British Airways has managed to emerge with a windfall gain from the collapse of Flybe.
The airline has regained 12 coveted flight slots which were reserved for its rivals on Scottish routes.
The "remedy slots" were set aside as part of the competition authorities' agreement to let BA take over former carrier BMI eight years ago.
Before then, the two airlines had competed on Edinburgh and Aberdeen links with Heathrow Airport in London.
In order to maintain competition and to encourage other airlines into that market, the European Commission insisted that 12 slots were set aside for flights between Heathrow and the east coast cities.
Failed to attract passengers
Glasgow was linked to Heathrow by BMI as well as British Airways, but that service ended before the takeover, so it was not included in the conditions.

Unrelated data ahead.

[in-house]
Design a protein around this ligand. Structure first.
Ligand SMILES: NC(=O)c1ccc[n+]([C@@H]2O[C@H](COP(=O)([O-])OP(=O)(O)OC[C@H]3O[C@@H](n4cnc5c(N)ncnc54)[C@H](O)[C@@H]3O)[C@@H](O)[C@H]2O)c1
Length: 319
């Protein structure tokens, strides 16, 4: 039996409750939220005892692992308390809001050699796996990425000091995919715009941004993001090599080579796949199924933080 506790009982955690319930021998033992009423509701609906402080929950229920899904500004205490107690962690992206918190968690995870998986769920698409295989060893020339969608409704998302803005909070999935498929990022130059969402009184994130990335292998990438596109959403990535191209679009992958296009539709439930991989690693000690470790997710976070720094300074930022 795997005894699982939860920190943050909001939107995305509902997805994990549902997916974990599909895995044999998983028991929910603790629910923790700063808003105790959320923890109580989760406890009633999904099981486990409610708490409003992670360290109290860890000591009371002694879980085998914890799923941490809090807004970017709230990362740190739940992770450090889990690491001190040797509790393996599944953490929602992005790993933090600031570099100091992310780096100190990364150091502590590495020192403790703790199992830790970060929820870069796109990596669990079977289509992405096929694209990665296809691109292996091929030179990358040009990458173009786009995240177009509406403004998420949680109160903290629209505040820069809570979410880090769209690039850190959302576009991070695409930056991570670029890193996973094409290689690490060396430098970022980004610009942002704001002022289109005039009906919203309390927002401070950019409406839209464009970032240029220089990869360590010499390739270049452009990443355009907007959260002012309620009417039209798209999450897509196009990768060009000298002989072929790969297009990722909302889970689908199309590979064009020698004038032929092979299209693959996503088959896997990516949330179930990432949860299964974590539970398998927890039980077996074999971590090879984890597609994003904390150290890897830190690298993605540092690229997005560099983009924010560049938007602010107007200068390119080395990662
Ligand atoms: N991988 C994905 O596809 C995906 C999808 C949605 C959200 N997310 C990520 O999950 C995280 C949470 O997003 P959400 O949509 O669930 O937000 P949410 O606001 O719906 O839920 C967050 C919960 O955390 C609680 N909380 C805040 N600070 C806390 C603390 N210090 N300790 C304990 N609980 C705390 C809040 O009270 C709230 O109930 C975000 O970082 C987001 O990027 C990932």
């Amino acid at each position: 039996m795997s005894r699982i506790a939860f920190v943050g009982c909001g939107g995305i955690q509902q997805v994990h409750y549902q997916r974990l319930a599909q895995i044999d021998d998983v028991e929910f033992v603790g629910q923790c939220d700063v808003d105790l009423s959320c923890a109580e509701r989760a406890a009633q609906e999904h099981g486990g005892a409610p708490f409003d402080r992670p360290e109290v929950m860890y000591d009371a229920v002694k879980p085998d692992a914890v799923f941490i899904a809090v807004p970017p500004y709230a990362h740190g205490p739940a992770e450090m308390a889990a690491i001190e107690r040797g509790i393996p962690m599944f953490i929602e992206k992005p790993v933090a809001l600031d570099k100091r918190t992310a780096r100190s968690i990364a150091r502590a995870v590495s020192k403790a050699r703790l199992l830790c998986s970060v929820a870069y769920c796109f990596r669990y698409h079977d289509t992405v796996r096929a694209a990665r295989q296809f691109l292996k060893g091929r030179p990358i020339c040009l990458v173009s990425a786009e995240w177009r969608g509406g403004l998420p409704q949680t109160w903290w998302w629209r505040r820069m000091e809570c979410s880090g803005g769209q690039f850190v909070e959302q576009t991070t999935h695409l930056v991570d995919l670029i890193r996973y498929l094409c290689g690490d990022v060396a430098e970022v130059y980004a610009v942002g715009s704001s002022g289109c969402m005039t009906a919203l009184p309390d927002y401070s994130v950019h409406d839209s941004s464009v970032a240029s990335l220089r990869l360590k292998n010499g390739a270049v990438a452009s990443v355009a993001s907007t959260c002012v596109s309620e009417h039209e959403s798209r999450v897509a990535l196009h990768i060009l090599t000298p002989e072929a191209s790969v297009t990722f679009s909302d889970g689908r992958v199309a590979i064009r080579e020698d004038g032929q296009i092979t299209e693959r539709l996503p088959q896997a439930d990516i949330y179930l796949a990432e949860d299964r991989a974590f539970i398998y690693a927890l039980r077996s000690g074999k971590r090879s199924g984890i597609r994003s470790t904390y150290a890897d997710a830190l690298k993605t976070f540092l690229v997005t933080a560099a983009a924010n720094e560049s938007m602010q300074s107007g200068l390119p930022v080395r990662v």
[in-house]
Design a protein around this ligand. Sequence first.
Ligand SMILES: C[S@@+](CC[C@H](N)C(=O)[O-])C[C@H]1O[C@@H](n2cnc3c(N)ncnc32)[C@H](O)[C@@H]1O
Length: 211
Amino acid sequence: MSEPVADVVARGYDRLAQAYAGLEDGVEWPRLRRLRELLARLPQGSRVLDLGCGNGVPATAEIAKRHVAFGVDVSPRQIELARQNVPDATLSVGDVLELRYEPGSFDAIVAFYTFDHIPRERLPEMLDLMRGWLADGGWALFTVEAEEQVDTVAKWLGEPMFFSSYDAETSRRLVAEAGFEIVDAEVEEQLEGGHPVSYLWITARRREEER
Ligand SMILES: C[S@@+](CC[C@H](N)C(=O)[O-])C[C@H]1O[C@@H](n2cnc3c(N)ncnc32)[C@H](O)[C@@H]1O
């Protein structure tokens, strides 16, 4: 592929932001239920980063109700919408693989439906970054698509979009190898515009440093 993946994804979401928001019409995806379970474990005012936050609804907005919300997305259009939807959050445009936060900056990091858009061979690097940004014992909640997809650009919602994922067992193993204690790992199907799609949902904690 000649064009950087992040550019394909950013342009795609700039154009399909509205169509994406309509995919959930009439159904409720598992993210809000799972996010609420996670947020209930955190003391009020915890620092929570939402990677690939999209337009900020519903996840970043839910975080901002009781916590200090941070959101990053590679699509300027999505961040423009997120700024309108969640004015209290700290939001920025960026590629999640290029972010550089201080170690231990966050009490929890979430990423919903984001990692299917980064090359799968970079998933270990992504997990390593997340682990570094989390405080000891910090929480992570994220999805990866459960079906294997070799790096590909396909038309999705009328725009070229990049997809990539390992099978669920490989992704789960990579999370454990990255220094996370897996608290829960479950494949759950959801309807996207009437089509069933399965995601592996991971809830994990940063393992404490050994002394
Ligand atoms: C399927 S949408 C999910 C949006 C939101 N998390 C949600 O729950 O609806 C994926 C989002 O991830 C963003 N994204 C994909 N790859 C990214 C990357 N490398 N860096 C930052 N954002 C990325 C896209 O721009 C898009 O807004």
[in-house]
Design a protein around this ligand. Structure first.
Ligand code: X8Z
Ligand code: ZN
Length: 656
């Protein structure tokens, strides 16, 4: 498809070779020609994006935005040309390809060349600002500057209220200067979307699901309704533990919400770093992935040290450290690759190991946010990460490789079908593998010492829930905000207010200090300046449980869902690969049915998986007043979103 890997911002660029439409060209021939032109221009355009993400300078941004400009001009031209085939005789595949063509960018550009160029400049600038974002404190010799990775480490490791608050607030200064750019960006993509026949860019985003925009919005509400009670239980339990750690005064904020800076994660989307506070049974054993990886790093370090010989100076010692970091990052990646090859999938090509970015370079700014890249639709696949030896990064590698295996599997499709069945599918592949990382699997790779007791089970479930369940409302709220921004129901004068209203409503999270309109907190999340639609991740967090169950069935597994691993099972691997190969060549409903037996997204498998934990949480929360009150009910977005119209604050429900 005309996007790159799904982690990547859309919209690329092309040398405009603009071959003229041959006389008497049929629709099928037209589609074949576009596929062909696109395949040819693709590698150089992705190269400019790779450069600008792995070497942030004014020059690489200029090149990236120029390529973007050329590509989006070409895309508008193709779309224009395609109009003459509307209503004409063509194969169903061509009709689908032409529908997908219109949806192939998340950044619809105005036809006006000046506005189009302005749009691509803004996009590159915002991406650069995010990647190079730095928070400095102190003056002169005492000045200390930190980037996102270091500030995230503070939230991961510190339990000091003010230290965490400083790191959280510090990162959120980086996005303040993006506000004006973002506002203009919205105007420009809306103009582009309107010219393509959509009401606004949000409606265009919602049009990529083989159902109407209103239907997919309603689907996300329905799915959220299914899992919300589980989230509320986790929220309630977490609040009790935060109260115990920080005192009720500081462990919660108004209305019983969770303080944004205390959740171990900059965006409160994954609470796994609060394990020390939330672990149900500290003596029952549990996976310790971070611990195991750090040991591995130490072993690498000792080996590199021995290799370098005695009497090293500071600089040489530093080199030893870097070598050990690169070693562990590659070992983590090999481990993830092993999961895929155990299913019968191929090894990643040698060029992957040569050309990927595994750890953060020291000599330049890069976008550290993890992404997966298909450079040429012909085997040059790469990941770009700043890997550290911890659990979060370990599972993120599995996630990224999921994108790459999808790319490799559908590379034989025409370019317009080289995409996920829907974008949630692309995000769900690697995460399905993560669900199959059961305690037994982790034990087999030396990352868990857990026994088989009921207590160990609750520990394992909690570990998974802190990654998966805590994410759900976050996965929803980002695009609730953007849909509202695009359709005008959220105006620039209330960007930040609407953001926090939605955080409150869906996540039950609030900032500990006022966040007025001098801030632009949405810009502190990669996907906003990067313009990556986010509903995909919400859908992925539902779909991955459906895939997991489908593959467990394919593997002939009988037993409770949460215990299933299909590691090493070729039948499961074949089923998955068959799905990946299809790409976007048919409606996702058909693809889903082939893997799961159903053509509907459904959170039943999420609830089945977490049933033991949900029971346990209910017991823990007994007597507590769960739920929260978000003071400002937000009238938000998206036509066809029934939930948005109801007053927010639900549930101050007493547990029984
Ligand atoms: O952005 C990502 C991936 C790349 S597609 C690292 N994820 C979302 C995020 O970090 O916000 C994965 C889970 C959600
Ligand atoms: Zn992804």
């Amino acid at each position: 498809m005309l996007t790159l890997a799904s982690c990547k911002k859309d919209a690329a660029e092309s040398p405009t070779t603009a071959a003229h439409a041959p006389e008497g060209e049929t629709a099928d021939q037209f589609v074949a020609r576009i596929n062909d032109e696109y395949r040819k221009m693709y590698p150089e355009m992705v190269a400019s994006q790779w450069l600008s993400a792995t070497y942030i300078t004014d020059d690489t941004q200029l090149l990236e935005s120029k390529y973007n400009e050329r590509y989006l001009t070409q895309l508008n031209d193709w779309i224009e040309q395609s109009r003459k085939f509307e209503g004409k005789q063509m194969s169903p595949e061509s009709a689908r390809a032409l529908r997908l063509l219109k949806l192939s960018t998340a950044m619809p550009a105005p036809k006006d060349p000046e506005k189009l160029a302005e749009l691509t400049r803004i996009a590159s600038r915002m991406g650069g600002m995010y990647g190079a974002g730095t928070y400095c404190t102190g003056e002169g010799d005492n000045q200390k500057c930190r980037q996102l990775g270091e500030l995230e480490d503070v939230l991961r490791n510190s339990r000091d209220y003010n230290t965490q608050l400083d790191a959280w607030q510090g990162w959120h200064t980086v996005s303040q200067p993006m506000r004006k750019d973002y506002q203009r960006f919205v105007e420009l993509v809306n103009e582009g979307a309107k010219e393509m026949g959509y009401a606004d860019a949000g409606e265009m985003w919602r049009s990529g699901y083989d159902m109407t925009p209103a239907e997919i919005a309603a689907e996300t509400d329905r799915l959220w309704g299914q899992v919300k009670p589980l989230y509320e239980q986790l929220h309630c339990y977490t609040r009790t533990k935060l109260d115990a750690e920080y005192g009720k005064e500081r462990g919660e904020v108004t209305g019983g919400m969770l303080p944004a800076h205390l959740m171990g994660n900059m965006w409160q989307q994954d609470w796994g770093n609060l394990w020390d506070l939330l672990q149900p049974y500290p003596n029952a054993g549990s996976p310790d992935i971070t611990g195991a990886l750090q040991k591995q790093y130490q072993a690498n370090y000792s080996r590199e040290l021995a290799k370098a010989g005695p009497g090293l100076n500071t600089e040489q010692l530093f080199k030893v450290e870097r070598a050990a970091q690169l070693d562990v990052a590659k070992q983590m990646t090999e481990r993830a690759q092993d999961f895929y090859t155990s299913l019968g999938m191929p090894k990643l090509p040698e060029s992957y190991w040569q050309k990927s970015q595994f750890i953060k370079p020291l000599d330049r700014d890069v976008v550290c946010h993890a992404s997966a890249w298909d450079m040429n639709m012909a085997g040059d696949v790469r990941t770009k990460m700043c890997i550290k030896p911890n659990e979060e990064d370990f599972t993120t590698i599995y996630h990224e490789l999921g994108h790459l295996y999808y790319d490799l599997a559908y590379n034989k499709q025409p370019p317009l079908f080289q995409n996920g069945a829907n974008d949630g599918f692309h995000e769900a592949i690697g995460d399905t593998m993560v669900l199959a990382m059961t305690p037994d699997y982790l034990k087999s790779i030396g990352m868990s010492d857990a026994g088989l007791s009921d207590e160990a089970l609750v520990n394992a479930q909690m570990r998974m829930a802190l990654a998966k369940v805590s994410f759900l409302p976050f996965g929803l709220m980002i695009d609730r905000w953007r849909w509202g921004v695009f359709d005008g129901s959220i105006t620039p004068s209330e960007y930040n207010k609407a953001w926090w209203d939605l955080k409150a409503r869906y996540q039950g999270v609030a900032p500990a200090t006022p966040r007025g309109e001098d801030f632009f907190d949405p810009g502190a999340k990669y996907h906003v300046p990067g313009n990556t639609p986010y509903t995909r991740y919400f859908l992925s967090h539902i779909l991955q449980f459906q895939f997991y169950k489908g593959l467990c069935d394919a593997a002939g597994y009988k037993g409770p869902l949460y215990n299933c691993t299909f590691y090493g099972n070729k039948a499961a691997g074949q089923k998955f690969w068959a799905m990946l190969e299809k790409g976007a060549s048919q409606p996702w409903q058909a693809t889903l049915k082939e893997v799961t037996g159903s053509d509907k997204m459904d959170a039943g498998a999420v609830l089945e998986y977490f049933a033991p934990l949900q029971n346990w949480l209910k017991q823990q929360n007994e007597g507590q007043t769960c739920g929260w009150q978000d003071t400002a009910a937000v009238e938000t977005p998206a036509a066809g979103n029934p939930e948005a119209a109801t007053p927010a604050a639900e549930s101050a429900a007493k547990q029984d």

The deal, in 2012, was attractive to British Airways because BMI had controlled so many landing slots. After agreeing to hand over the slots to Virgin Little Red, BA gained 42 BMI slots.
Virgin Atlantic had set up the Virgin Little Red subsidiary to compete on those routes, but it failed to attract enough passengers and ceased flying the routes in 2015.
Flybe, which was part owned by Virgin Atlantic, took on the slots and provided links to Heathrow from 2016.
However, Flybe collapsed last week. Growing losses were compounded by the downturn in bookings as a result of the coronavirus crisis.
The valuable and rare Heathrow slots revert to British Airways' parent company, IAG, which also runs Iberia airline. The company can use them for links to destinations other than Edinburgh and Aberdeen.
A British Airways source would not say how the slots will be used, but said they did not have to be used for Scottish flights.
It was emphasised that British Airways remained obliged to hand the slots to another rival airline, if it wants to start new services between Heathrow and Scottish airports.